The Future of Window Coverings Looks Bright
When the subject of blinds and curtains comes up, it might cause some people to dim the lights and think about a nap instead. But for Shana Hall, who owns Budget Blinds in Cypress, the topic of window coverings—and their future—is anything but dull.
Shana spoke with Cypress Lifestyle about a few upcoming trends and changes in the window-covering industry that people in the market for high-end, automated blinds might want to be aware of as they shop around.
Automated and mechanized window coverings are the way of the future, Shana says, and anyone looking to stay up-to-date with window coverings needs to be aware of what’s around the corner. With automated blinds, which are quickly becoming connected to other remote-controlled household appliances like lights and thermostats, homeowners can use an app on their smartphone to not only control if their blinds are open or close but also when they let that light in. This can come in quite handy for high energy costs in those hot Texas months, as well as making your home appear occupied even if you’re on vacation.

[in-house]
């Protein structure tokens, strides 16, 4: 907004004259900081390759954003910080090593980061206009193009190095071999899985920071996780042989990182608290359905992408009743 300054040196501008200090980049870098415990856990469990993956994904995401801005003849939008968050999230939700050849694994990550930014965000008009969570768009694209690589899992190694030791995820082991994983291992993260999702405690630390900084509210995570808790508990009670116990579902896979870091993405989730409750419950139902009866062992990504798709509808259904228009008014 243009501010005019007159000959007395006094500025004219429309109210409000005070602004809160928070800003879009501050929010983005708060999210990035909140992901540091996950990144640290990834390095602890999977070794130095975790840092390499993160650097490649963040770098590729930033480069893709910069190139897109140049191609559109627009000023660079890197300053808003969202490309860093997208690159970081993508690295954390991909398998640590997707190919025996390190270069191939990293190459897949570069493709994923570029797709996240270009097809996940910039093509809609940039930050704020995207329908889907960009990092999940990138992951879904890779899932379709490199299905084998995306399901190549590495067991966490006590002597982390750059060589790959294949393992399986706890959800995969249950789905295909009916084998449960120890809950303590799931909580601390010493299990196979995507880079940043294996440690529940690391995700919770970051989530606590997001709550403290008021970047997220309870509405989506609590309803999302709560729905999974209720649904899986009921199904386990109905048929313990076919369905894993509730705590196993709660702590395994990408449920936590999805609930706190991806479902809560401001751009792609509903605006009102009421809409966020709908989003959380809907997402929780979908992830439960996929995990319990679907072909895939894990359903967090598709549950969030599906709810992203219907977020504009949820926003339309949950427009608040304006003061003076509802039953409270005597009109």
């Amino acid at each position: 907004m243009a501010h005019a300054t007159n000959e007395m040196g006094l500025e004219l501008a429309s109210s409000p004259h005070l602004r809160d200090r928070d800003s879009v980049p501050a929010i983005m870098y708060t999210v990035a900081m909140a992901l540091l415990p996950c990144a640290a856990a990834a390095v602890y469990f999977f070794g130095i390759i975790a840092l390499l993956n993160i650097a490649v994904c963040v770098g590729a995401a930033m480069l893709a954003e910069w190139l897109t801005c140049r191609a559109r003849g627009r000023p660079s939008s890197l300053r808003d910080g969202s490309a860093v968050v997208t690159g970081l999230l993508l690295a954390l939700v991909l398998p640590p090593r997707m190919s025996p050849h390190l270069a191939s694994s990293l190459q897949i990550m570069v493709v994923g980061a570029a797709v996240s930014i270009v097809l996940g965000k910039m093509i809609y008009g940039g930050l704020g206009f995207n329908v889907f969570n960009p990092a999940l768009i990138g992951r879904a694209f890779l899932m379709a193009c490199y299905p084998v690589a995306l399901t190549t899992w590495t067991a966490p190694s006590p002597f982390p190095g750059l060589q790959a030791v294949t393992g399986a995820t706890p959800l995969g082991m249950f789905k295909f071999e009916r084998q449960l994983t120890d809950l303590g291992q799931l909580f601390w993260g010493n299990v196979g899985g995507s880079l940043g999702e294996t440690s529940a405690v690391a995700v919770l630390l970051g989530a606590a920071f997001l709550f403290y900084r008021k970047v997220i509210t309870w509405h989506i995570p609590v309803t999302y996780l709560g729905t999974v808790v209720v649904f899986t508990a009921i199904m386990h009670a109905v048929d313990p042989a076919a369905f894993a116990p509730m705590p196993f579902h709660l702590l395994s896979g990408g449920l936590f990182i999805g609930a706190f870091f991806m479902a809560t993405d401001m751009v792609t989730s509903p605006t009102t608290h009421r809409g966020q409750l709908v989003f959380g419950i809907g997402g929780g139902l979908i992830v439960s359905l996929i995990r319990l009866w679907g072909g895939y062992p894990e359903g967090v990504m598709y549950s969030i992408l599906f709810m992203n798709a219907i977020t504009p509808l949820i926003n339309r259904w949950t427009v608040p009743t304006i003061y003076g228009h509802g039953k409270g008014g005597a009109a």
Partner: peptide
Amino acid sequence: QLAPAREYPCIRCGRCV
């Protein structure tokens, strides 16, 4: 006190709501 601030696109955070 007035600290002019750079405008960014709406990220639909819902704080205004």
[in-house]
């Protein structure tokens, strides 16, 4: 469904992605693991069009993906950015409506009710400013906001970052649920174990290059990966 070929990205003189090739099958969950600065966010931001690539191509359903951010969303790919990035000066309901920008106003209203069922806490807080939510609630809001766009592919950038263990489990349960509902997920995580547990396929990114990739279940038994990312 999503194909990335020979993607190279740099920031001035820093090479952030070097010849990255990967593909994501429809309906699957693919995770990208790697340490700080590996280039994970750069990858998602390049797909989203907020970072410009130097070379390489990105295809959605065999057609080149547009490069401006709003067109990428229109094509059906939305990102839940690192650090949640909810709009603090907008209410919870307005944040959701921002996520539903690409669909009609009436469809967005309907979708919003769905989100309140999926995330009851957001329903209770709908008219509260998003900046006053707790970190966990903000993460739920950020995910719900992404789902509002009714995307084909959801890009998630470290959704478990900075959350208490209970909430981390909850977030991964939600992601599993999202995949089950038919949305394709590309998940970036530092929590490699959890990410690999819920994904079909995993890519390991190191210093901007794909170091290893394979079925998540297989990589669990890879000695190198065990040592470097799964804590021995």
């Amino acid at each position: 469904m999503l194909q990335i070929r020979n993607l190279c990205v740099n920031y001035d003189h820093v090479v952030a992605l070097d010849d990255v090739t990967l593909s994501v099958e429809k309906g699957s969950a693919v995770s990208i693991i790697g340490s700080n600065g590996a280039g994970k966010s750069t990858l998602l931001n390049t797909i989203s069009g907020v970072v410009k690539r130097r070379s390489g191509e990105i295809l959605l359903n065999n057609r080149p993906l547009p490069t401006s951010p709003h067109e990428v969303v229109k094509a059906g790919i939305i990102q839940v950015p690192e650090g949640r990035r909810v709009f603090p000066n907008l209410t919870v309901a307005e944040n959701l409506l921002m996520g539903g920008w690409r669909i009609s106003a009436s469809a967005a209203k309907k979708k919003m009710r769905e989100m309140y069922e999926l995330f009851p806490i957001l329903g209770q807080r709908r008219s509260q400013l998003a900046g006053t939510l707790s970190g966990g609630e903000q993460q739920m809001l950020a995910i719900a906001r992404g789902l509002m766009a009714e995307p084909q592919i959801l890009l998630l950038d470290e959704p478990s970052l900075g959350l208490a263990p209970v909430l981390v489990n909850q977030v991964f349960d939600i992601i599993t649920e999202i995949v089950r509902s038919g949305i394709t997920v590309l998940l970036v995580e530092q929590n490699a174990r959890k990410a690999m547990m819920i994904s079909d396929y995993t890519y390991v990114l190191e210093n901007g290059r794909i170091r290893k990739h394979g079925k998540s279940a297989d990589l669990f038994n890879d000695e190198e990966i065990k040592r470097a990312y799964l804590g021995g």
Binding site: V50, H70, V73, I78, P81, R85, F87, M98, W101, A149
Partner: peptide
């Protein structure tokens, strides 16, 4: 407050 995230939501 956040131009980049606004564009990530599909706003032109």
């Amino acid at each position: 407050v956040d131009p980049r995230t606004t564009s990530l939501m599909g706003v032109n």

Another blind trend that’s going to be taking over the window-covering world is cord cutting, Shana says. Next year, federal law is going to require that all blinds come without cords for safety reasons, and manufacturers are getting creative with how they’ll deal with the change. Cords on blinds can cause children and pets to choke—not to mention their tendency to break—and Shana says that blinds you can close by hand, with an aforementioned app or even a mechanized wand that’s attached to the window are a few workarounds that consumers can expect to see in the coming years. Who needs cords anyway, Shana asks—they just make it difficult to close blinds in difficult-to-reach and high places, and an app can take care of that with much more efficiency.
For something else entirely, Shana says to look for a reemergence of roller shades. Yep—those curtains you pulled down on at Grandma’s house and released with a flurry of dust—except these shades, reinvented with high-quality fabrics and patterns, come without the dust or the sterile vinyl appearance that can make your window look like it’s in a hospital. Roller shades are coming back in a big way, Shana says, and they’re an old-fashioned window covering to make your house look cutting-edge with new style. Throw in the fact that they comply with the upcoming cordless rules, and consumers have a sleek curtain that will last as long as Grandma’s but looks three times as good.